At present, many health workers in malaria endemic countries usually treat patients based on their signs and symptoms without testing their blood for the presence of malaria parasites, as recommended by the World Health Organization. This can result in patients with a fever being overdiagnosed with malaria and receiving an ACT which they don't need.
Microscopy is a method that requires laboratory equipment and qualified staff, while RDTs are alternative, simple tools that require minimal training to diagnose malaria. These rapid tests can help health workers and vendors in remote locations to prescribe the correct treatment for malaria.
The ACT Consortium is funded by a grant from the Bill & Melinda Gates Foundation to London School of Hygiene & Tropical Medicine.
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Notes to Editors:
- Onwujekwe O, Mangham-Jefferies L, Cundill B, Alexander N, Langham J, Ibe O, et al. (2015) Effectiveness of Provider and Community Interventions to Improve Treatment of Uncomplicated Malaria in Nigeria: A Cluster Randomized Controlled Trial. PLoS ONE 10(8): e0133832. doi:10.1371/journal.pone.0133832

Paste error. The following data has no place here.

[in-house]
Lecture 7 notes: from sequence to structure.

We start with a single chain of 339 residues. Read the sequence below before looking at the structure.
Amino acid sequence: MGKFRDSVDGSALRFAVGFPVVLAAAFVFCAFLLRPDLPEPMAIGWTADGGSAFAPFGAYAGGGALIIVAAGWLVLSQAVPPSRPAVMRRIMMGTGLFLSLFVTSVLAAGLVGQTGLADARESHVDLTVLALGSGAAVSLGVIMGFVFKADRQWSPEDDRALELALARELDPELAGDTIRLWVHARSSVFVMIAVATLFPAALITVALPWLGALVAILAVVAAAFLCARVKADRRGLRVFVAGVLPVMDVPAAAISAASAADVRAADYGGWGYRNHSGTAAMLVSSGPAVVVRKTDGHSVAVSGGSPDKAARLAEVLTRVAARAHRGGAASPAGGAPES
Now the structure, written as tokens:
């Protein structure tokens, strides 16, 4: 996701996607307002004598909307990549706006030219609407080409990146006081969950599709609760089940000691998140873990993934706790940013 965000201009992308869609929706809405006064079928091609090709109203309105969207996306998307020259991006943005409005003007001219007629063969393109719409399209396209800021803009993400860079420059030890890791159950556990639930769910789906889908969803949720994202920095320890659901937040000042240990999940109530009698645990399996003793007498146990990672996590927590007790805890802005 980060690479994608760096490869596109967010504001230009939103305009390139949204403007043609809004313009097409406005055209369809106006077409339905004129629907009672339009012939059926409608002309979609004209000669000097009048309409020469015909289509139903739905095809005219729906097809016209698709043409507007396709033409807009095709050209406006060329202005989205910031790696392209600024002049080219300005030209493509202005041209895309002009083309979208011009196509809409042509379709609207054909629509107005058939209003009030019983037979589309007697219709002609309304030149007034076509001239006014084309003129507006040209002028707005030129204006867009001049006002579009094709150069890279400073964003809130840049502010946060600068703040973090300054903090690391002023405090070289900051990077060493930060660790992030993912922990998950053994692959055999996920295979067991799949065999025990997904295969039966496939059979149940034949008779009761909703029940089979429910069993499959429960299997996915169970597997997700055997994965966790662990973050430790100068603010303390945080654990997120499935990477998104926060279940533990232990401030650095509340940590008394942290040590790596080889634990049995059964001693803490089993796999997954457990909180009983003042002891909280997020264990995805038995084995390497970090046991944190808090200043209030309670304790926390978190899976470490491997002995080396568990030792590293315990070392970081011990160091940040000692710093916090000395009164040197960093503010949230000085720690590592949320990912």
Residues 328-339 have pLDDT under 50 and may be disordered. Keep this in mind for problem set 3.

- The paper is available at: http://journals.
plos. org/ plosone/ article?id= 10. 1371/ journal. pone. 0133832
- Learn more about this research, download resources and watch a video with the investigators at http://www.
actconsortium. org/ REACTNigeria
- Learn more a parallel study conducted in Cameroon published in The Lancet Global Health: http://www.
actconsortium. org/ REACTCameroon
- Watch and use a 90 second animation about the wider problem of malaria diagnosis at https:/
/(English), https:/ vimeo. com/ 109480993 /(French) and https:/ vimeo. com/ 125150730 /(Portuguese) vimeo. com/ 125548287